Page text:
Journal of South Asian Federation of Obstetrics and Gynaecology

Register      Login

VOLUME 14 , ISSUE 1 ( January-February, 2022 ) > List of Articles


Prospective Randomized Double-blind Placebo-controlled Study to Assess the Effects of Nano-ozonized Hydrogen Peroxide Nebulization on Results of RTPCR for Novel Coronavirus thus Infectivity and Clinical Course among Moderately Sick COVID-19 Patients Hope in COVID-19 (Hydrogen Peroxide Inhalation)

Prabhat Agrawal, Ashish Gautam, Akhil Pratap Singh, Nikhil Pursnani, Prashant Gupta, Ruchika Garg, Arti Agrawal, Ajeet Singh Chahar

Keywords : COVID-19, Hydrogen peroxide, Nebulization

Citation Information : Agrawal P, Gautam A, Singh AP, Pursnani N, Gupta P, Garg R, Agrawal A, Chahar AS. Prospective Randomized Double-blind Placebo-controlled Study to Assess the Effects of Nano-ozonized Hydrogen Peroxide Nebulization on Results of RTPCR for Novel Coronavirus thus Infectivity and Clinical Course among Moderately Sick COVID-19 Patients Hope in COVID-19 (Hydrogen Peroxide Inhalation). J South Asian Feder Obs Gynae 2022; 14 (1):35-40.

DOI: 10.5005/jp-journals-10006-1986

License: CC BY-NC 4.0

Published Online: 13-04-2022

Copyright Statement:  Copyright © 2022; The Author(s).


Importance: Given the high mortality and cost of health care, especially in isolation settings, the idea of using nebulized hydrogen peroxide may play a very significant role in inactivation of coronavirus, thus reducing the infectivity period leading to reduced requirement of isolation and improving morbidity and mortality in people suffering with coronavirus disease-2019 (COVID-2019). Aim and objective: Objective of this study was to determine the efficiency of nebulized hydrogen peroxide (H2O2) in reducing the viral load and disease severity of patients suffering with COVID-19. Design: Double-blinded randomized control trial. HOPE in COVID-19 study. Setting: Tertiary care COVID hospital (single center). Participants: Moderate sick COVID-19-positive patients were included in the study after they qualified the inclusion criteria. Intervention: Patients were nebulized using 1 mL of ozonized 3% H2O2 after diluting with 4 mL of normal saline three times a day for 5 days. The control group was nebulized with normal saline only. Main outcome: Outcome was assessed for reduction in oxygen requirement (number of days on oxygen), symptoms resolution (dyspnea, cough, and fever), and number of days it took to be RT-PCR negative for COVID-19. Results: The early data from trial showed promising trends toward a better outcome. The study showed that in the case group who were nebulized with hydrogen peroxide resulted in better outcome in terms of parameters assessed in the study and the differences from the control group were statistically significant (p ≤0.001, CI 95%). Outcome in the form of mortality (odds ratio 0.29, 95% CI 0.02–3.14, p = 0.31, z = 1.007) was statistically insignificant. The number needed to treat for our study was 10.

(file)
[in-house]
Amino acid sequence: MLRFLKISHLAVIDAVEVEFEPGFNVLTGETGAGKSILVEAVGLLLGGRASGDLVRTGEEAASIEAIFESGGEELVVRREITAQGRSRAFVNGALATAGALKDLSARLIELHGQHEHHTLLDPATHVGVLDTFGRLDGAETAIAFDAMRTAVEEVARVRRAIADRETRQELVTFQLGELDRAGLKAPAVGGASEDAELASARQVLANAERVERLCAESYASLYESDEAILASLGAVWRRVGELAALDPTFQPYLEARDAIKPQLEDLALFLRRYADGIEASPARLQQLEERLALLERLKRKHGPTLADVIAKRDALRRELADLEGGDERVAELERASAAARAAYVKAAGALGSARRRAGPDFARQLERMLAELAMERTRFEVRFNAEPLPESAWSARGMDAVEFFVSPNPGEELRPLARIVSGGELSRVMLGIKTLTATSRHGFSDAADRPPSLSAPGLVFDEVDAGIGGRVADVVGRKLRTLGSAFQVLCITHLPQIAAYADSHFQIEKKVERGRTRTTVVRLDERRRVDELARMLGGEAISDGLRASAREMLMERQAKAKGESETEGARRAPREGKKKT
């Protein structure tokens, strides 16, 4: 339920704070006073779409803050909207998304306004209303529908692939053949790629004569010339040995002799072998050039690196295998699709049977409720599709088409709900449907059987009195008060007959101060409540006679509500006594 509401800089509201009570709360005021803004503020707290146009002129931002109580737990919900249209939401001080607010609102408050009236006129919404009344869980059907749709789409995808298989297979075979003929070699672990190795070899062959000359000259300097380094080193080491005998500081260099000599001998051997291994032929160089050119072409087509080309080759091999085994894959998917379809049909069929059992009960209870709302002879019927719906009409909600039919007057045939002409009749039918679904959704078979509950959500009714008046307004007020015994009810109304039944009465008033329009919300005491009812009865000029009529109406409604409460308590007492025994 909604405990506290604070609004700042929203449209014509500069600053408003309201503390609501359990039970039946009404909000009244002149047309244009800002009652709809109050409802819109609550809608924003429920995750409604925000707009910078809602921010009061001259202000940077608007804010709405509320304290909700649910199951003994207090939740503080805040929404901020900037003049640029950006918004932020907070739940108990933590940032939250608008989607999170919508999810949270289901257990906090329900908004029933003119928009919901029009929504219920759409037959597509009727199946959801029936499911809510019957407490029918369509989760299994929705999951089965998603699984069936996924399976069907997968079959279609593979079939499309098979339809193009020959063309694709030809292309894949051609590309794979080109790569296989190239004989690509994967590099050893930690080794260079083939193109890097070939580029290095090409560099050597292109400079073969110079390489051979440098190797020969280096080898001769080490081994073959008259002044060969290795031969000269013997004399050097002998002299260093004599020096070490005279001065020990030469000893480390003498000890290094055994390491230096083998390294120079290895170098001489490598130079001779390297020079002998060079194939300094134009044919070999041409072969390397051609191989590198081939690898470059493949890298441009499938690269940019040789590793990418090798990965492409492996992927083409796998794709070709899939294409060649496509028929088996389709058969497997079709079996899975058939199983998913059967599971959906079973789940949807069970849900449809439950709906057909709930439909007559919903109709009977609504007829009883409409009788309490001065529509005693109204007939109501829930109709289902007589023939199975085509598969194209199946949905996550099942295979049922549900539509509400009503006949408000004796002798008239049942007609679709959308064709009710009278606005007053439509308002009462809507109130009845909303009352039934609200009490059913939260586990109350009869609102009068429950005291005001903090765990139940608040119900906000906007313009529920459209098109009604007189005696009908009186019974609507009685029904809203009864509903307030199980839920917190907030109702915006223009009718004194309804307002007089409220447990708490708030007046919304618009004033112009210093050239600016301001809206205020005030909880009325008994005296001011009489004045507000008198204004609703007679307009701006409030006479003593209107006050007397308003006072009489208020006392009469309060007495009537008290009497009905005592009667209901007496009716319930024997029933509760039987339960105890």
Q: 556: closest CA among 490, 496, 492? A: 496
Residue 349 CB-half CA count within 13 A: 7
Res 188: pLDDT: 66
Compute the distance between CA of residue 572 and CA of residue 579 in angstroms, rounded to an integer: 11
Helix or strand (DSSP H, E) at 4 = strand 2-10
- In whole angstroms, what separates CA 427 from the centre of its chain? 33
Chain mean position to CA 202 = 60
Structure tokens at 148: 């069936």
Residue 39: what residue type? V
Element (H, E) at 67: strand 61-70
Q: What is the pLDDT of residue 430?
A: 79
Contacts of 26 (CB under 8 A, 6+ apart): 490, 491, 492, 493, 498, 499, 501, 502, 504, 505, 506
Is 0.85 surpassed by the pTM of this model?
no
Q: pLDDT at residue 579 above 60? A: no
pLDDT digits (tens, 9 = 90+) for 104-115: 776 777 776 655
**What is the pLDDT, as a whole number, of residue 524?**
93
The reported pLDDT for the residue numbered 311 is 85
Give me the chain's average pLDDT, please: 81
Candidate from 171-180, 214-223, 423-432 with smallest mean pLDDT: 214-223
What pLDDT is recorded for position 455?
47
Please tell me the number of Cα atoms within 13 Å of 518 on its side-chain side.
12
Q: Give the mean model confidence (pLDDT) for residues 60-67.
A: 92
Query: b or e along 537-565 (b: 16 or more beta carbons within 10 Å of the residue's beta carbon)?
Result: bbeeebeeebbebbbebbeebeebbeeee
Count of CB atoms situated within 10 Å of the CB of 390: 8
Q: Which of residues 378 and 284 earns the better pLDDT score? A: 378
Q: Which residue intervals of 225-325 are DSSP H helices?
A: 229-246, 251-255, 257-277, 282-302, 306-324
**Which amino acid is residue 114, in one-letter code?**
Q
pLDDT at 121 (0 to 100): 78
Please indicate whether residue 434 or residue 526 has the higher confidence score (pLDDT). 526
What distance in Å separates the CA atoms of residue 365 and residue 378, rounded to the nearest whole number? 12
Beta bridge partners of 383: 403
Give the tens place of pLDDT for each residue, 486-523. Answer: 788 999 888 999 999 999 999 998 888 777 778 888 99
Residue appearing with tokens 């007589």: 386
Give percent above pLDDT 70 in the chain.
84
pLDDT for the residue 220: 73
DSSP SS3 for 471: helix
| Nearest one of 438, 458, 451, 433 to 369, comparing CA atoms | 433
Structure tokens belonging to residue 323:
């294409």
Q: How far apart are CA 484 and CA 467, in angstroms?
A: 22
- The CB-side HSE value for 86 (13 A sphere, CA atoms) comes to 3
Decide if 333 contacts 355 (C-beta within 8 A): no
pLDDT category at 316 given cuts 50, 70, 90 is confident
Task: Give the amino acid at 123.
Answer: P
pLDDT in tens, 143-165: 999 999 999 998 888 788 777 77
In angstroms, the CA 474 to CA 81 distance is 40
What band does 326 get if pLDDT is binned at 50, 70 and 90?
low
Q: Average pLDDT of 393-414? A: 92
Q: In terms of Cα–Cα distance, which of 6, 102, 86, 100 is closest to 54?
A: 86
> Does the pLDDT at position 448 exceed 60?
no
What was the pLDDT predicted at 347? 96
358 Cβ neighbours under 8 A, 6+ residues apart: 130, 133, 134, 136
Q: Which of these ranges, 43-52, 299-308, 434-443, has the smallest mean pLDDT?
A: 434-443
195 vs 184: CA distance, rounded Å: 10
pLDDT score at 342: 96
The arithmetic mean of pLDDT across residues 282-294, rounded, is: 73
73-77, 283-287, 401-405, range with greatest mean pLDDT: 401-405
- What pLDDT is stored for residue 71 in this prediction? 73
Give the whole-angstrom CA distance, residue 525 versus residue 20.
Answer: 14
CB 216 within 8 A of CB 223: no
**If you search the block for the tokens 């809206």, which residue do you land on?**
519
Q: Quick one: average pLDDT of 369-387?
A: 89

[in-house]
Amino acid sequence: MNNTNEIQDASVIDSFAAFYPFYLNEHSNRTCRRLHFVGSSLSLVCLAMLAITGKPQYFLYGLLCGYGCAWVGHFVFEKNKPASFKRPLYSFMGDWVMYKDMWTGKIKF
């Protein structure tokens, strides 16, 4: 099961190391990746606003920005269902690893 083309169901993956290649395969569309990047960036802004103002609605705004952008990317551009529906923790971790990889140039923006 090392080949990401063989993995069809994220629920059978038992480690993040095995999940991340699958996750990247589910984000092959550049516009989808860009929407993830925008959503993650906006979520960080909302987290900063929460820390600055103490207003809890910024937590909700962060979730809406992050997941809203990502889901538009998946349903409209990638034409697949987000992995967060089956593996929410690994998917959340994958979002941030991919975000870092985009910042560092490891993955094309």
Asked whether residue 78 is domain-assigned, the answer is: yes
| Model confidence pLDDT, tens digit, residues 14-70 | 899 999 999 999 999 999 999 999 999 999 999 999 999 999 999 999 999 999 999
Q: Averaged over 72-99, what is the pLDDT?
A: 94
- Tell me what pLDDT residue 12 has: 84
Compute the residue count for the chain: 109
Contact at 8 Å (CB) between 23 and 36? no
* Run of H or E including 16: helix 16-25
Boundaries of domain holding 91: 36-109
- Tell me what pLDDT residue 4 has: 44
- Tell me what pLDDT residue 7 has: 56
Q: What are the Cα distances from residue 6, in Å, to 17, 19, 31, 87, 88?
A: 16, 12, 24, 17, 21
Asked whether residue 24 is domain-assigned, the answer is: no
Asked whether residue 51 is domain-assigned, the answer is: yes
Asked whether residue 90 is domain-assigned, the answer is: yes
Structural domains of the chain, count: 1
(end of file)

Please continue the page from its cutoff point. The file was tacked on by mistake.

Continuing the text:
PDF Share
  1. Coronavirus disease (COVID-19) Situation Report, by WHO published on August 30, 2020.
  2. Available from:, accessed on 30 August.